As the DC air has begun to feel less humid and crisper, many have commented how fall is on the way. When I begin to think about all that fall brings, I get excited, especially when I realize, for the first time in my cognizant life, this fall will not include exams and midterms. One thing I really like about the East Coast is that fall is a real, separate season. I love the trees turning color and the pumpkin and squash and sweet potato flavors infused in everything.
Additionally, the fall brings the Jewish High Holy Days, Rosh Hashanah and Yom Kippur, the two holiest holidays in the Jewish religion, as well as a slew of other holidays, all of which require large meals with large crowds, possibly two of my favorite things in life. We Jews really like our holidays, because, let’s be honest, we love any excuse to eat and drink, especially when it’s required of us. Even though the holiday season doesn’t even begin for (at the time of writing) two more weeks, my friends have already been talking about who is hosting which meal and on what day for weeks. The anticipation of the food really gets us going.
So, because I fall in the category of planning far in advance when it comes to the Jewish holidays, and because I’m new at my job, I spoke to my boss about what the logistics would be about taking off work for Yom Kippur. She’s not Jewish, but we work with faith based development agencies of all religions, so, fortunately, I didn’t have to explain what Yom Kippur was. She assured me it wouldn’t be a problem for me to miss a day, and then asked if I would explain to the staff what Yom Kippur was and then launched into a story about another “observant Jew” she knew.
And for some reason, those words in the context of myself, “observant Jew,” made me cringe.
Because I work for an organization that works with the religious community, conversations about religion seem to come up a lot at work. I’m the only Jewish person in the office who still somewhat practices, so it’s up to me to explain the complex Jewish faith to the staff. I’m proud of my heritage and love being a part of the Jewish community, but it’s always a little uncomfortable to me to have to represent an entire population of diverse people, especially when I’m still figuring out how I fit into that world.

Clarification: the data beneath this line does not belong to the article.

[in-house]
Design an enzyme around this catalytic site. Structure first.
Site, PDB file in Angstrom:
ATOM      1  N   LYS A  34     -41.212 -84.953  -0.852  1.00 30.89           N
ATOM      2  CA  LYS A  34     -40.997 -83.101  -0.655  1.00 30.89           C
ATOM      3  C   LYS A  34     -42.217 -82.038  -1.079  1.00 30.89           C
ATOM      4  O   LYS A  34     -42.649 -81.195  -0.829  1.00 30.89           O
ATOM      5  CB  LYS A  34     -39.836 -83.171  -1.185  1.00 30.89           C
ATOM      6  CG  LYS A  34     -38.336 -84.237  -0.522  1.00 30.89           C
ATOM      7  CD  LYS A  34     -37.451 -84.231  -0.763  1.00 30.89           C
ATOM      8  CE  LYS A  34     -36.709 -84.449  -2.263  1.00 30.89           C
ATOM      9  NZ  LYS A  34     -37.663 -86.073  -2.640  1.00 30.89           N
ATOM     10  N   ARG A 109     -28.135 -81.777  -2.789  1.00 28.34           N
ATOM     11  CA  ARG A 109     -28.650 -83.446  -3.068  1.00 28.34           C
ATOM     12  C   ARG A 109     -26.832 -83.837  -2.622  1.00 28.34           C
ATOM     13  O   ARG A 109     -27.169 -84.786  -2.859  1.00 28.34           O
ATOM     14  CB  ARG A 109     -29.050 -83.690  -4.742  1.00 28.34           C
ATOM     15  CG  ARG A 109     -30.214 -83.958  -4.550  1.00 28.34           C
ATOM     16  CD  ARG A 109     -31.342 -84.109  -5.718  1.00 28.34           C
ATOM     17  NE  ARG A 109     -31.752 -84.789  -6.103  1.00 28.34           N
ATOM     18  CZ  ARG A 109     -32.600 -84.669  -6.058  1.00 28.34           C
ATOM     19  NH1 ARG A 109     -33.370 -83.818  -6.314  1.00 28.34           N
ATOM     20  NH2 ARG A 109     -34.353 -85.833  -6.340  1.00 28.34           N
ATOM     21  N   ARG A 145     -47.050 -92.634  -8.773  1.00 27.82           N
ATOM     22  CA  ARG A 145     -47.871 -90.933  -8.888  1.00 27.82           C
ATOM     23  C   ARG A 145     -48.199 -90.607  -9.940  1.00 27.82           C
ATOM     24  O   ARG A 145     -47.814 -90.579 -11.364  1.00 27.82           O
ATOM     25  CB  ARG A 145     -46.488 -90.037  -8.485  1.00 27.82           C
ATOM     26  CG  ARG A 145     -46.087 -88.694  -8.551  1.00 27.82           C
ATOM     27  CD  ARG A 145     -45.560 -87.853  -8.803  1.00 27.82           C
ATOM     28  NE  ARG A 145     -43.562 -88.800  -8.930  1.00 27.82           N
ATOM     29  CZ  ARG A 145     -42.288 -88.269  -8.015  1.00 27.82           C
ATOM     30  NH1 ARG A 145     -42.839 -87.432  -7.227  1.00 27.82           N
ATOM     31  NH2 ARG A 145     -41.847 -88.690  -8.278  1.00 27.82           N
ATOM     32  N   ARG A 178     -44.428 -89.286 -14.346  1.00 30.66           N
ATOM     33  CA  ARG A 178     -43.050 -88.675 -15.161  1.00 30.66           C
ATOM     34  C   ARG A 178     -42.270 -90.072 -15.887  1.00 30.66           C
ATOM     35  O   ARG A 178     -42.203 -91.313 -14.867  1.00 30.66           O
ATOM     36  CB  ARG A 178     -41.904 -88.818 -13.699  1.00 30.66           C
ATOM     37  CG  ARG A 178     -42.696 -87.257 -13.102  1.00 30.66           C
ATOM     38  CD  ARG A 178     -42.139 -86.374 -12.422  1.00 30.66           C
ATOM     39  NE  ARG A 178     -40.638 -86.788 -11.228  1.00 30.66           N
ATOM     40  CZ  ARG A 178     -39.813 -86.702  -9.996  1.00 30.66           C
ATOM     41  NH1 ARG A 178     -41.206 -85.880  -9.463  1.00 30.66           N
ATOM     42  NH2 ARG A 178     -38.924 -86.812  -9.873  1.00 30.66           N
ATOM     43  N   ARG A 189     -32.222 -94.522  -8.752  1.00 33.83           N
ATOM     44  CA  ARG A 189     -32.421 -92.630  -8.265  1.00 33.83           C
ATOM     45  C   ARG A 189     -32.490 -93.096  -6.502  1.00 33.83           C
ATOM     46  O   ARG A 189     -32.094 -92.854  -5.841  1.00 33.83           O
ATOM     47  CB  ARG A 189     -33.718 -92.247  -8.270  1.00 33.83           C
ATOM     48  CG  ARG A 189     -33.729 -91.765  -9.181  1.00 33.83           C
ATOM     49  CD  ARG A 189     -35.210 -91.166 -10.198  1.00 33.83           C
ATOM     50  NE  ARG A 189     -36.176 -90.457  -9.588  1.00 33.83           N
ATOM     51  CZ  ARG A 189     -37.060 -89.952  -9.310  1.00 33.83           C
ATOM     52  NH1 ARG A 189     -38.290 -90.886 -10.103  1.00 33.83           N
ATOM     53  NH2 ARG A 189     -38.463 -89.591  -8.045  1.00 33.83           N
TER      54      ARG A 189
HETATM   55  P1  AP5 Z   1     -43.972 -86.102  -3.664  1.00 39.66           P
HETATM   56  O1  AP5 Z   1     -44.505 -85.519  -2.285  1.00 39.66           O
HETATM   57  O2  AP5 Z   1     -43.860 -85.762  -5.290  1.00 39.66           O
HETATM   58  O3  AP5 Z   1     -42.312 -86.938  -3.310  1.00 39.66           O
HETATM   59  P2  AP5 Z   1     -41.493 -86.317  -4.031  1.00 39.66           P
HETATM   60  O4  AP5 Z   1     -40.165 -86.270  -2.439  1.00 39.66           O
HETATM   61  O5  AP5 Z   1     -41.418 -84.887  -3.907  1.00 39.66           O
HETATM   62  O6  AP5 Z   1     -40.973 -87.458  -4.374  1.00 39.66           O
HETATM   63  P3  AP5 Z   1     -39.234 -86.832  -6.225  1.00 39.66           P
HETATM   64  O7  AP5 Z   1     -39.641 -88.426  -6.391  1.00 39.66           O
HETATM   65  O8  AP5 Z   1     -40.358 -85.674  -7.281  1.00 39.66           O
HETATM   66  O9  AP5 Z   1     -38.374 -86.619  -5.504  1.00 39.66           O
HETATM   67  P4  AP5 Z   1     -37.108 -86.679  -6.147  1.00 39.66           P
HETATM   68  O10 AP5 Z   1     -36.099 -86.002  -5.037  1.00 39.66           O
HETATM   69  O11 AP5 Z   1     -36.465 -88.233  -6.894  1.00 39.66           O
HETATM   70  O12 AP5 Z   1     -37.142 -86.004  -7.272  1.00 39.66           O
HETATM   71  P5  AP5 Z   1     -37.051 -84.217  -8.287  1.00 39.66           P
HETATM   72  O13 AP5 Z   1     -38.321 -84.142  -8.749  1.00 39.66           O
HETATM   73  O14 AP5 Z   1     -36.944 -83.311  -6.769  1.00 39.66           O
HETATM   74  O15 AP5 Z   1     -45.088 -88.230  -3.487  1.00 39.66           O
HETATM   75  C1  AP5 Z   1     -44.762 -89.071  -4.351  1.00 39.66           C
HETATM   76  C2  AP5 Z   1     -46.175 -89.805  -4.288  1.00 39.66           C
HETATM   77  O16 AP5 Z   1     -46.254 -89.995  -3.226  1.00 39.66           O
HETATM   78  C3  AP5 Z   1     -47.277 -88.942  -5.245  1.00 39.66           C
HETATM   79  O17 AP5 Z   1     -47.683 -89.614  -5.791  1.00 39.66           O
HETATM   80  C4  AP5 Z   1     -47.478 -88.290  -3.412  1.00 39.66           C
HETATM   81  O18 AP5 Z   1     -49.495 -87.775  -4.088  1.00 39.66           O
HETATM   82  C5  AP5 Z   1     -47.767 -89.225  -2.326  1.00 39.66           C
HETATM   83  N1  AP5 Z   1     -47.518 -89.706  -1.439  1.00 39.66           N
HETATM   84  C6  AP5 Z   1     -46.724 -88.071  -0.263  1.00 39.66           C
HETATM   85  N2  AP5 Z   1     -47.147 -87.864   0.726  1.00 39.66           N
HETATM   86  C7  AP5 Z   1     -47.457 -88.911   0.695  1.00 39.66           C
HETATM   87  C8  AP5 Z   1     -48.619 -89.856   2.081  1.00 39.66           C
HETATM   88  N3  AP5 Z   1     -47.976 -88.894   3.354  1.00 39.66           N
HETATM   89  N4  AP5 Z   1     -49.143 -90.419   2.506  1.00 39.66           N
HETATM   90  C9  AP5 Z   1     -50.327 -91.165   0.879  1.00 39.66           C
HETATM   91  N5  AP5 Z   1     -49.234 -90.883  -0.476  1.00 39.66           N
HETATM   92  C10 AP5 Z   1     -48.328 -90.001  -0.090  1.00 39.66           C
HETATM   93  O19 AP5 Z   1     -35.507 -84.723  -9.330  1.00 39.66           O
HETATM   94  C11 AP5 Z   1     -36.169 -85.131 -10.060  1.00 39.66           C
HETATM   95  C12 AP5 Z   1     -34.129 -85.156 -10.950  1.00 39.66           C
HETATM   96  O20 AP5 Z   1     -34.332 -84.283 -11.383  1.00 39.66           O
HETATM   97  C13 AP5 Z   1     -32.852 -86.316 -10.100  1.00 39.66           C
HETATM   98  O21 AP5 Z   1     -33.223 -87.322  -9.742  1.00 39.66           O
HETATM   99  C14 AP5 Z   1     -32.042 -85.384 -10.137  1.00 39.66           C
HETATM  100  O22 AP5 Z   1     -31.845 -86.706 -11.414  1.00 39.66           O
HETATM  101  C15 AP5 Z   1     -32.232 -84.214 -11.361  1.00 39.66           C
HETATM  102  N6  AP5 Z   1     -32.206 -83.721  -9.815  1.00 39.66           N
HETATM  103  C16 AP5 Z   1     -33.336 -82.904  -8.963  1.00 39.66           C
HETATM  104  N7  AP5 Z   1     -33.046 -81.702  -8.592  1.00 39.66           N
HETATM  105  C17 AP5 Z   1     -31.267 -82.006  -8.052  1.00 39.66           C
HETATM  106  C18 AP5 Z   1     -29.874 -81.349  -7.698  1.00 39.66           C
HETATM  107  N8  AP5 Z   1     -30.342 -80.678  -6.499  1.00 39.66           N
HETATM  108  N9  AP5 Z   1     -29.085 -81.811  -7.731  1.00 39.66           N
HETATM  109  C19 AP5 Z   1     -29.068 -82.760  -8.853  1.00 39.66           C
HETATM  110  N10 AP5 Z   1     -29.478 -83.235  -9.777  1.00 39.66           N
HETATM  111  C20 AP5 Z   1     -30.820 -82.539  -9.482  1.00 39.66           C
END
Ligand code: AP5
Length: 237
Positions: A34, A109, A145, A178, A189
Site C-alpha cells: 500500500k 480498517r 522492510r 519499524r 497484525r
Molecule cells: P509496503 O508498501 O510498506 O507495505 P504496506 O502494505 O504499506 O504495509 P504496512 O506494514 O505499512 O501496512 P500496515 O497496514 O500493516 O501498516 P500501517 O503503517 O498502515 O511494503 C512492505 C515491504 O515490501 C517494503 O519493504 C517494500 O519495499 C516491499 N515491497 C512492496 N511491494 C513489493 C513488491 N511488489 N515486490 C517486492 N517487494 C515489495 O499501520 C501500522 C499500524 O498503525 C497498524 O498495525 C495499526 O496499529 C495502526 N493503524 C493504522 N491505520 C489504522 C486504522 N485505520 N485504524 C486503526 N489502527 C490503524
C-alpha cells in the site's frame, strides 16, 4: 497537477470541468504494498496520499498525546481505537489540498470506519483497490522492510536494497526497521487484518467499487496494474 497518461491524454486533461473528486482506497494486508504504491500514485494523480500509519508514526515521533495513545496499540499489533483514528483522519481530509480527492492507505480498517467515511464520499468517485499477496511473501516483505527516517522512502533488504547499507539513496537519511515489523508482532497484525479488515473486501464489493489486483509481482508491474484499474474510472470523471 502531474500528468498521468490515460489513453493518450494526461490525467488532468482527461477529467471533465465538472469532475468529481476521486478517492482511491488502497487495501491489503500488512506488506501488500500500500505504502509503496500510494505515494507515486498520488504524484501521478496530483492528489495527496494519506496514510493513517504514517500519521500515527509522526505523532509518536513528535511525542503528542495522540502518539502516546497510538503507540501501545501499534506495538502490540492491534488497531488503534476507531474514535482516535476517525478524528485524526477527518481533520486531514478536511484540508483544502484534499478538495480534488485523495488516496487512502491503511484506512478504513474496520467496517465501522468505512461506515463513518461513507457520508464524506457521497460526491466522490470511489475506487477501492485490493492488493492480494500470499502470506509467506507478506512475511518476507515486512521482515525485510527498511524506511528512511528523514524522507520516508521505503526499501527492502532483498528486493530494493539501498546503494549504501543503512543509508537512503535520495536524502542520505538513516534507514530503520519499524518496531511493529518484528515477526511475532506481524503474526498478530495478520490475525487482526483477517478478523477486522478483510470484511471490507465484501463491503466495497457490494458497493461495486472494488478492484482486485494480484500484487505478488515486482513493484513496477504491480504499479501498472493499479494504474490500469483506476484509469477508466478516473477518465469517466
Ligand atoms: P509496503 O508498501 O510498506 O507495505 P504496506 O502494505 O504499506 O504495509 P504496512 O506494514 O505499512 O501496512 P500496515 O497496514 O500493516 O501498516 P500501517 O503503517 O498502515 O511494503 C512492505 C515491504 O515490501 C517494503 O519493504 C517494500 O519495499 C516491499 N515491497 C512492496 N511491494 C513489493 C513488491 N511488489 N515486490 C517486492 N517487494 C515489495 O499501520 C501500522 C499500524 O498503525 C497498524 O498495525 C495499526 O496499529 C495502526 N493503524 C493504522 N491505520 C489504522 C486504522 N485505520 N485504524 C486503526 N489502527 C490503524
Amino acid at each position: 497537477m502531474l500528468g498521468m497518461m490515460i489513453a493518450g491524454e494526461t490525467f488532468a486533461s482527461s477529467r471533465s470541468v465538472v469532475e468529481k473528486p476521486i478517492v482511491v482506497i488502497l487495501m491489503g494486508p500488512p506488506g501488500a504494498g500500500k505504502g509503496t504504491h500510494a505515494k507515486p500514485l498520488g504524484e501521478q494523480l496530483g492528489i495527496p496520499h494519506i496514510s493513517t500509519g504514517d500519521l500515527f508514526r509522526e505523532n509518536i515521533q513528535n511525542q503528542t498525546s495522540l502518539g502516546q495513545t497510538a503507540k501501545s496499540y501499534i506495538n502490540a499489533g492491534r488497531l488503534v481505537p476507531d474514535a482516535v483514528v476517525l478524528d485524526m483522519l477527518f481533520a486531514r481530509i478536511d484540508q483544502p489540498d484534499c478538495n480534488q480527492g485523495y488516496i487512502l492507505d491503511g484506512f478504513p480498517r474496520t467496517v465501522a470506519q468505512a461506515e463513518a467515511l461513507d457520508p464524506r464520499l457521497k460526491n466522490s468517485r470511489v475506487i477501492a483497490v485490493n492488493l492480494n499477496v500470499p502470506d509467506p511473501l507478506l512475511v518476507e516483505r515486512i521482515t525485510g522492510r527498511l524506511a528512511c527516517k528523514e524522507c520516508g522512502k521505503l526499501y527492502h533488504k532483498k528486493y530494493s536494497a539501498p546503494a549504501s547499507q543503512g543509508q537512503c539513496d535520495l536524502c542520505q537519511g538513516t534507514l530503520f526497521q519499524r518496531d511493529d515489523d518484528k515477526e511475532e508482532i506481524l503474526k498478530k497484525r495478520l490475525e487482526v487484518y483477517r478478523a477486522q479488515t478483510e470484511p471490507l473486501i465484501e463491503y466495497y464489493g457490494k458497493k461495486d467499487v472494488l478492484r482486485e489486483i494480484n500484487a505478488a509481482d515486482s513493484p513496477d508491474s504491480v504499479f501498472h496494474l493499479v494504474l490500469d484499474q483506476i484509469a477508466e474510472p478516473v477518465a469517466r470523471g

To me, the term “observant Jew” is someone who is Orthodox, or keeps Kosher, or who at least has gone to synagogue a few times in the last year. Despite my connections and attachments to the Jewish community, I am not Orthodox, do not keep Kosher, and have not been to synagogue since last Yom Kippur. But to an outsider, the fact that I have Jewish friends, two Jewish parents, and will be in synagogue instead of the office on Yom Kippur, means I’m observant.
Being labeled as “observant” makes me uncomfortable because while I enjoy exploring and learning about them, I have always been wary committing to many of the religious aspects of Judaism. Additionally, I’m still trying to find my place and to figure out what feels right to me when it comes to more than a cultural identity to Judaism, and while I haven’t figured out a label yet, I know “observant” isn’t one of them.
Yet, on another thought, while many Jews might disagree, I feel a fortunate thing about being a Jew in America is that, if I choose, I can find a way unique to myself or a small community to act Jewish. I remember one summer some friends and I went to the Mission Minyan in the Mission District in San Francisco. The best way to describe that service was an egalitarian traditional service in a room filled with hippies. According to the Torah, these people were not observing Judaism correctly or strictly. But, as the music filled the room, I watched as men and women closed their eyes and really felt the meanings of the familiar melodies. There were no black hats, but the energy in the room replaced what they were lacking in traditional observances. And while I didn’t ask, it’s very possible that many of these congregants define themselves as observant.
I guess labels are subjective, and people can define me how they choose. So while they’re busy defining, I’ll be busy exploring…and cooking up a storm for this Rosh Hashanah.
A heartfelt (and early) L’Shana Tova…a happy New Year to you all (or, Happy Fall for the non-Jews). May this year be one filled with laughter and exploration, on whichever road you choose to follow.